• However this doesn’t mean that you should lose hope. A lot of people feel like it’s a lost cause and tend to get depressed, but sooner or later they all find something and move.

  • Have you looked at remotely working for US employer from Canada -option?

  • Do you know if hiring freeze is causing the drop in interview calls?

  • Are you using the MovNorth HIRE platform?

  • Have you written Canadian PR on your resume?

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I don’t think that you should come to the conclusion that you’re doing anything wrong. Based on your description it looks like you’re doing everything correctly, so don’t lose heart and carry on. That said, these are very strange times, a lot of sectors have been badly impacted, unemployment levels are at all time highs (though this depends on the sector and tenure of employment). Even employers who’ve not been impacted are approaching the situation more cautiously, so there’s a lot going on.

My advice to you, to supplement what people have already said here would be to consider these 3 things -

  1. Consider moving to Canada to a subsidiary of your current employer. A lot of times people are hesitant to even discuss this with their management, and if you’ve not already done so then I’d strongly encourage you to bring this up with your manager.
  2. Tell potential future US employers that you’d like to work from Canada. It’s fairly easy for big companies to accommodate this, it’s somewhat harder for smaller companies who might have a US only presence.
  3. Instead of casting a wide net and reaching out to recruiters, work your LinkedIn network. Find someone who is willing to put in a good word for you and a referral instead of trying to connect with more recruiters.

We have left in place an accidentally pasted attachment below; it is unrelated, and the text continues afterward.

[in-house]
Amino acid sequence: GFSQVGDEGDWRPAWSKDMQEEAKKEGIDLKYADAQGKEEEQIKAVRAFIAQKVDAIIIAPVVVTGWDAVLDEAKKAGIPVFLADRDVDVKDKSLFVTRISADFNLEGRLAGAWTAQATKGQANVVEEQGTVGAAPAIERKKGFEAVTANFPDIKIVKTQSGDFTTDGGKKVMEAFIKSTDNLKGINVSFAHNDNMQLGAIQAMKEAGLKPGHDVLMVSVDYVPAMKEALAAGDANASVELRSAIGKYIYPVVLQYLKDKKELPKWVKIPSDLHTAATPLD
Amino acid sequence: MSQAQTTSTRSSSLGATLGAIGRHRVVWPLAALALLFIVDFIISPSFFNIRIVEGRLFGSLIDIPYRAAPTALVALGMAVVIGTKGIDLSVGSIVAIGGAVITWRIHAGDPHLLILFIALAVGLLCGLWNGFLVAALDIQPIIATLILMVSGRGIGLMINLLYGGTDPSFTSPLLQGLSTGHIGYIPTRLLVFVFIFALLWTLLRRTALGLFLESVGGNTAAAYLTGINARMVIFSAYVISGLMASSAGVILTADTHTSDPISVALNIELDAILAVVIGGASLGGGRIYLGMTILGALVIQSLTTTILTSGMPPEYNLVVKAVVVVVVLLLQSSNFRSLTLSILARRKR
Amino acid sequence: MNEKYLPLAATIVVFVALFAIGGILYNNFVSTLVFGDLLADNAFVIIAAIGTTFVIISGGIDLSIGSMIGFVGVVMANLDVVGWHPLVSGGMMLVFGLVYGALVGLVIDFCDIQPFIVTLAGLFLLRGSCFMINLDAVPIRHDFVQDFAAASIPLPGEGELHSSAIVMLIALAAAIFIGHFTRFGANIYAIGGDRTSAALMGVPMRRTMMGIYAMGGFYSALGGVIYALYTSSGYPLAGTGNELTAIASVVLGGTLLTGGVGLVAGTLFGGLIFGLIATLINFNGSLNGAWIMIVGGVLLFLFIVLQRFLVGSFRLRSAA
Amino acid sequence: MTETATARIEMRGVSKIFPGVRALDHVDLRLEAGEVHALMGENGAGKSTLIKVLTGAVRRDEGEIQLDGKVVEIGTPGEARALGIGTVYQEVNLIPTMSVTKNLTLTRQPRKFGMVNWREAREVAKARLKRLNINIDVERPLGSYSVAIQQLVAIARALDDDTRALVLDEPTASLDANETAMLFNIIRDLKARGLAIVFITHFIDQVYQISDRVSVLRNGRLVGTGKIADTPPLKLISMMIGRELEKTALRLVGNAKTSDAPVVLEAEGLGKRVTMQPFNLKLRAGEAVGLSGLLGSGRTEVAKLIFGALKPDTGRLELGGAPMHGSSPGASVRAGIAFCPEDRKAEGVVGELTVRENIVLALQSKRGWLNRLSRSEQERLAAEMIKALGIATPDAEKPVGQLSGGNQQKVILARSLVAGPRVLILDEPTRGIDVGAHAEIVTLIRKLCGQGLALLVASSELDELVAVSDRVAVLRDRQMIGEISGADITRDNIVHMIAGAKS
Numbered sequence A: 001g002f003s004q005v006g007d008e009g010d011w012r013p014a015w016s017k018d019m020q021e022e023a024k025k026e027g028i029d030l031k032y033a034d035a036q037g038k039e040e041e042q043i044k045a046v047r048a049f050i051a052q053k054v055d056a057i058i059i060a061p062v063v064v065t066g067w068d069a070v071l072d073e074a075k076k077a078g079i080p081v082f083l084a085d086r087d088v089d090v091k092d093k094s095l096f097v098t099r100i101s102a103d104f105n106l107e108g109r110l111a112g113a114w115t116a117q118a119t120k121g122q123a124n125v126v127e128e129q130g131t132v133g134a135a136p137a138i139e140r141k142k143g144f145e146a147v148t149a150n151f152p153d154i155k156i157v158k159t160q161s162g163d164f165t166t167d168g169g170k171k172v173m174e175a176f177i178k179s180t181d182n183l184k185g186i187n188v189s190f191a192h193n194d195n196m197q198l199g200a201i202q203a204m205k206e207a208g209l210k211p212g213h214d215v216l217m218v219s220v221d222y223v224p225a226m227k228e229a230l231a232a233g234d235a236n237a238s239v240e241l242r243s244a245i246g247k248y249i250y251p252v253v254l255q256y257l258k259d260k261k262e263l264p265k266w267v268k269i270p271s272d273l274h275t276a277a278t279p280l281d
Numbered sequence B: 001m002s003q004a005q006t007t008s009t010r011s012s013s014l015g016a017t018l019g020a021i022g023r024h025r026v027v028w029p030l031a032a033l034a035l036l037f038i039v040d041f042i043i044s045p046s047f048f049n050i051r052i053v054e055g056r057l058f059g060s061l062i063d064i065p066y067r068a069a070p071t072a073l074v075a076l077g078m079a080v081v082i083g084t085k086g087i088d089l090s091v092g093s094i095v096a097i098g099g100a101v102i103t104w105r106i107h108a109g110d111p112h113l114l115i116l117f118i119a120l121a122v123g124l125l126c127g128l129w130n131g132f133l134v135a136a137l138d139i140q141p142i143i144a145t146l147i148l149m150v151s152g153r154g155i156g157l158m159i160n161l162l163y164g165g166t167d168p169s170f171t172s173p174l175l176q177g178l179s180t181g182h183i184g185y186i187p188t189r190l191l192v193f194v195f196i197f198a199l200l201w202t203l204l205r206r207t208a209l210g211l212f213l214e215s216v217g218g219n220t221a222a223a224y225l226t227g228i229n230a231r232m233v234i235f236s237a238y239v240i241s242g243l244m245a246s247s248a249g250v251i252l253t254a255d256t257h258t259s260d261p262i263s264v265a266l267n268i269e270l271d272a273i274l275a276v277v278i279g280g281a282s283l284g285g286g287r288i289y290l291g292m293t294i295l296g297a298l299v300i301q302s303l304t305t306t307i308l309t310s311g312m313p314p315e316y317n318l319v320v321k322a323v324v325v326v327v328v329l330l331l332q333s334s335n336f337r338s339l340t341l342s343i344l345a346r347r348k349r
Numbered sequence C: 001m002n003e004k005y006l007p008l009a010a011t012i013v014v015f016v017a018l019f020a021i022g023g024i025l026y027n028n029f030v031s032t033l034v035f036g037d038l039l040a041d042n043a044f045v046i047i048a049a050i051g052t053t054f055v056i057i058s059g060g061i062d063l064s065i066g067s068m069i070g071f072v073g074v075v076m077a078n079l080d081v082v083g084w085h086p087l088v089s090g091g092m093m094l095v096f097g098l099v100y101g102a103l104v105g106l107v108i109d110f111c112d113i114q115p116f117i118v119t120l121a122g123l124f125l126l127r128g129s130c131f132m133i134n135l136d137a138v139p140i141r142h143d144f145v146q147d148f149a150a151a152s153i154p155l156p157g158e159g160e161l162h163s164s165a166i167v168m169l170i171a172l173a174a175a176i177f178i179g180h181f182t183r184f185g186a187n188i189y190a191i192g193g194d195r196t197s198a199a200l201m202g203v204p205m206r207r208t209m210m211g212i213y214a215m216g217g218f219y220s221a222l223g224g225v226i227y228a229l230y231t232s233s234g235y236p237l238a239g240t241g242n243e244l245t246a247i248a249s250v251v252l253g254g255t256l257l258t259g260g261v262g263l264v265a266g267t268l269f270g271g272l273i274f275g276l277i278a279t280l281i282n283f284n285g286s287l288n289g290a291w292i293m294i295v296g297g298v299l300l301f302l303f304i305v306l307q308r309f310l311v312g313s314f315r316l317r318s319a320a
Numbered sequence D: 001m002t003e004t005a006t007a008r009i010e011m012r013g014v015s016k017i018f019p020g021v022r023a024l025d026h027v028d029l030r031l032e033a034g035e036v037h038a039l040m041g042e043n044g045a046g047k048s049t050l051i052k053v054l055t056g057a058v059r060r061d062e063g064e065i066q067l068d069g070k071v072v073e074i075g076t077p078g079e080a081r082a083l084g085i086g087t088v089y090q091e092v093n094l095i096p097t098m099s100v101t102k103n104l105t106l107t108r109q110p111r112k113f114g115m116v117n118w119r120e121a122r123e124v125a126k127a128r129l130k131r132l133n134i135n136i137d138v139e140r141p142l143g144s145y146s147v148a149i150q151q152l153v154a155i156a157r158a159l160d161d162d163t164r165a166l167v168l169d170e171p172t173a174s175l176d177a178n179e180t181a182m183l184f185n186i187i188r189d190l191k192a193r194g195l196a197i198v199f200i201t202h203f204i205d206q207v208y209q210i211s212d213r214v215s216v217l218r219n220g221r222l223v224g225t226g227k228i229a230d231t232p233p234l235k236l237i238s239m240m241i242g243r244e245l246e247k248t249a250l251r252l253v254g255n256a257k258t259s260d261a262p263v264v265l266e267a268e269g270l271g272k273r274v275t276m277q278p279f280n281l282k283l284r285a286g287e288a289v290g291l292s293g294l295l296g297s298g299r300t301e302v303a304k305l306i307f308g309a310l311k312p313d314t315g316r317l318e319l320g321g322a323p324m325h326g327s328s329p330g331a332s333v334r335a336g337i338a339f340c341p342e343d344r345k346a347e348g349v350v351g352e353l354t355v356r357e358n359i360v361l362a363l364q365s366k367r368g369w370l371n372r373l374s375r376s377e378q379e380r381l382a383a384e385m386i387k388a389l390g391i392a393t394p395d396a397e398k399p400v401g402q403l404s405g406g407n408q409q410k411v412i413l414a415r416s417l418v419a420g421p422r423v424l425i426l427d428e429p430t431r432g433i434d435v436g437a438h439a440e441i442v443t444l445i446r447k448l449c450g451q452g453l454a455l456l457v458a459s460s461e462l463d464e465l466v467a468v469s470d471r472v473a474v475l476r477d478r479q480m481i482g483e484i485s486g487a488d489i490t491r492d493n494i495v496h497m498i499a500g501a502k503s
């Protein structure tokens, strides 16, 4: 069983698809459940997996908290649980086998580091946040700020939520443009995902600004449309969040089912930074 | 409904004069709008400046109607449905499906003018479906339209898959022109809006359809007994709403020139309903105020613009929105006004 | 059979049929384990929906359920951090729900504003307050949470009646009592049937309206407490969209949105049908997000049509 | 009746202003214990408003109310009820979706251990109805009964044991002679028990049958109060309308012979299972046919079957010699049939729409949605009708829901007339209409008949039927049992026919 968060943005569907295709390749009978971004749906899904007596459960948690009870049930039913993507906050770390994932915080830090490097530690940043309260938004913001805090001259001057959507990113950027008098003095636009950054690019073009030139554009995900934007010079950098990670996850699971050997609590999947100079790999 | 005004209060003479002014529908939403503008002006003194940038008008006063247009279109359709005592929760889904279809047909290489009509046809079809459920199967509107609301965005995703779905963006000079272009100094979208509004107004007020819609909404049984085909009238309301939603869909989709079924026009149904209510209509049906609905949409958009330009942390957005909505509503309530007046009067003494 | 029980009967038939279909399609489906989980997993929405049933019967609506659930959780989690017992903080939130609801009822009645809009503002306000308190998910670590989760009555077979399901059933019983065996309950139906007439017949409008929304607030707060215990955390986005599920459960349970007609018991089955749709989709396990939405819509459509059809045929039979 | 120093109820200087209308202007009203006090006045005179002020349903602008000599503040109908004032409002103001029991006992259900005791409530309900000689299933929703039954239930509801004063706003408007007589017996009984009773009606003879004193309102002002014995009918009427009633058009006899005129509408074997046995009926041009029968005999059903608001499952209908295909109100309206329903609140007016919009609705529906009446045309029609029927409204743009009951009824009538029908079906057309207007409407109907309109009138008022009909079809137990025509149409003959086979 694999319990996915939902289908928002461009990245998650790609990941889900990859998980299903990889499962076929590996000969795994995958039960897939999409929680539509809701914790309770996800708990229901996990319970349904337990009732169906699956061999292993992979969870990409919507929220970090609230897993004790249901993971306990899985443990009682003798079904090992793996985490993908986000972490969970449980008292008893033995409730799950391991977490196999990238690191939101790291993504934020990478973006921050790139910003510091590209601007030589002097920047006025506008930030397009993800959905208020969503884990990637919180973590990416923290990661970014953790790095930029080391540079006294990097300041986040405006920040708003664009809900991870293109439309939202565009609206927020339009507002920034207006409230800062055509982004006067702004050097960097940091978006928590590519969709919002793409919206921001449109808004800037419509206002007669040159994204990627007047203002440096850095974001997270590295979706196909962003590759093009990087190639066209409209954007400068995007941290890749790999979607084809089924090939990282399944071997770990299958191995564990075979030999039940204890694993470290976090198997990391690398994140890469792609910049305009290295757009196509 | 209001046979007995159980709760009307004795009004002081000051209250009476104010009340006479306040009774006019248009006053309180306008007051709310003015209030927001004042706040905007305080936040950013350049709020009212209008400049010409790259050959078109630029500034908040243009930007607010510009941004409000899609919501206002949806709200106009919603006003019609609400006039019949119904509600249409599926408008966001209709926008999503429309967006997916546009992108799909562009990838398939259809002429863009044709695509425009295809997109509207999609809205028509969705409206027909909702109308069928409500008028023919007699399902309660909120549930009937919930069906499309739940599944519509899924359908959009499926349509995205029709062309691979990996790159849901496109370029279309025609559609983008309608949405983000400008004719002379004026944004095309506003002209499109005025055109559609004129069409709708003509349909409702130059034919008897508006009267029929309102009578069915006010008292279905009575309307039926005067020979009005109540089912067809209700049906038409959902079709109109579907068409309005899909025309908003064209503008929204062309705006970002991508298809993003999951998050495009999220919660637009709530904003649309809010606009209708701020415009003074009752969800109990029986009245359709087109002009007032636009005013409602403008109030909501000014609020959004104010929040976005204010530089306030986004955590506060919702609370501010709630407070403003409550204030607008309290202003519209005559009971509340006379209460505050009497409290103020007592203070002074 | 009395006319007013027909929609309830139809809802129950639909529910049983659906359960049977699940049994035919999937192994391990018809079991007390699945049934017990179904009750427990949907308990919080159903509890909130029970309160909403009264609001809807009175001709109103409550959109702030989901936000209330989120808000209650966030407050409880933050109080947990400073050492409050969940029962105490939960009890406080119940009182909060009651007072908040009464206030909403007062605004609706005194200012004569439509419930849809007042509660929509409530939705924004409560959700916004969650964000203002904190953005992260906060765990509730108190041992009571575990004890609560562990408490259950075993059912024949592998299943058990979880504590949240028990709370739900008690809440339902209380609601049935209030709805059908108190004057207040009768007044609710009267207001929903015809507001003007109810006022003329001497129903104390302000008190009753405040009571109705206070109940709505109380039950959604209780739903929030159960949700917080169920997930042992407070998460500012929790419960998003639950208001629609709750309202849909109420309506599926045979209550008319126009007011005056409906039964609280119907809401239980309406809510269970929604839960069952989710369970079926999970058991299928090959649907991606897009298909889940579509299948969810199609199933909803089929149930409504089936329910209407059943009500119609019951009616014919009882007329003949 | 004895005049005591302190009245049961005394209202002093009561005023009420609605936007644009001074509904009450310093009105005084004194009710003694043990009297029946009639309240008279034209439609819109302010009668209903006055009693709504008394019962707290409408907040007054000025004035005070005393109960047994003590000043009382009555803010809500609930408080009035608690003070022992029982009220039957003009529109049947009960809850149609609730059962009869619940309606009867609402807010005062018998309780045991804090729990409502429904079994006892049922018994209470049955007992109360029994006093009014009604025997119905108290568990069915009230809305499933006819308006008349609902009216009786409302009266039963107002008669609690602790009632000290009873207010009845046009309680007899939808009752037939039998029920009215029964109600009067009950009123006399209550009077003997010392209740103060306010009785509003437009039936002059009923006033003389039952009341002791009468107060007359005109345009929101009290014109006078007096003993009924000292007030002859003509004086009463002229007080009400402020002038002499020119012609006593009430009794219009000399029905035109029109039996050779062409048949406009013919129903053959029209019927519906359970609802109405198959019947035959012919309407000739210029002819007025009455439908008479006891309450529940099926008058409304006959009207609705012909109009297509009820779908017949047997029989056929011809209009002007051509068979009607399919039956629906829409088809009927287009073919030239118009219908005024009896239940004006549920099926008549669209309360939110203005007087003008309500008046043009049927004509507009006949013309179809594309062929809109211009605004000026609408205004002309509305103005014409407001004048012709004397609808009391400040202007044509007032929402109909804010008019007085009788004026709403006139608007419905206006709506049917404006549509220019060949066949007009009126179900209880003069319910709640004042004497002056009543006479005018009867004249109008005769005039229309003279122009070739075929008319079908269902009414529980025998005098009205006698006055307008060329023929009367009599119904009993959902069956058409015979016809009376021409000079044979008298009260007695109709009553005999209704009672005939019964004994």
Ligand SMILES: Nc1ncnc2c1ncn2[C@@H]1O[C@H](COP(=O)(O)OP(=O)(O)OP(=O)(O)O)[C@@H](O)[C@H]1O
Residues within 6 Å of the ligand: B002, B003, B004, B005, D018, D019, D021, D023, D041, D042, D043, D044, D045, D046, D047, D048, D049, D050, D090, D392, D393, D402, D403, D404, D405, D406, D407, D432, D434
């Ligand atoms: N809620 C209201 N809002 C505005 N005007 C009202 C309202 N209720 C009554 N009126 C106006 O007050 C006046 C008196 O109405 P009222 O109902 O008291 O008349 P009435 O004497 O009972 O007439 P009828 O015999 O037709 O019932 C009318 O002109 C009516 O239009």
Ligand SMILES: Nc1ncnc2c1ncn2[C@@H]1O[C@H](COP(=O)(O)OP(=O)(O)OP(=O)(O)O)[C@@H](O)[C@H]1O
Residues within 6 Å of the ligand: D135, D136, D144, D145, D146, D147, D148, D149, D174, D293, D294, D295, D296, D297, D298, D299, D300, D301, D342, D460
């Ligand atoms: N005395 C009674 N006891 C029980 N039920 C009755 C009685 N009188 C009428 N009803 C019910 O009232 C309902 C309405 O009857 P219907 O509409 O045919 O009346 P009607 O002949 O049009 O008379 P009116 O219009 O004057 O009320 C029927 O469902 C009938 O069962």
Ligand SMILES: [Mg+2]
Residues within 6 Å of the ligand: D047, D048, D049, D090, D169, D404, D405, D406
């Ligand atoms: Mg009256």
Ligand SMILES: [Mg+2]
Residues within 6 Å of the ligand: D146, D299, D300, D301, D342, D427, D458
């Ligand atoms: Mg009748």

I found a job through terminal, this is developer heavy but if you feel like you’d be a good fit in one of the partner companies, do let me know and I can try putting in a referral for you.

And lastly to reiterate, don’t setup arbitrary timelines for yourself; you’ll just end up getting more stressed. Take it easy and keep applying to jobs passively, once the right opportunity comes your way, you can make concrete plans and move for good.

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Caveat: I have a PR but haven’t yet moved to Canada. I am currently in the USA.

I have a different angle on this that adds to what the gurus said above.

The number of product management roles is a fraction (1/10th maybe?) of the number of software engineering/development roles in the tech industry in USA and I would imagine that is true for Canada as well . You can seriously expand the number of opportunities that you come across if you look for software engineering/development roles. You have related experience as well based on technical consulting/professional services/solution architect and I would imagine that you could make the jump to software engineering/development. It might not be easy or not something that is aligned directly with your liking but I believe sometimes one has to what is needed.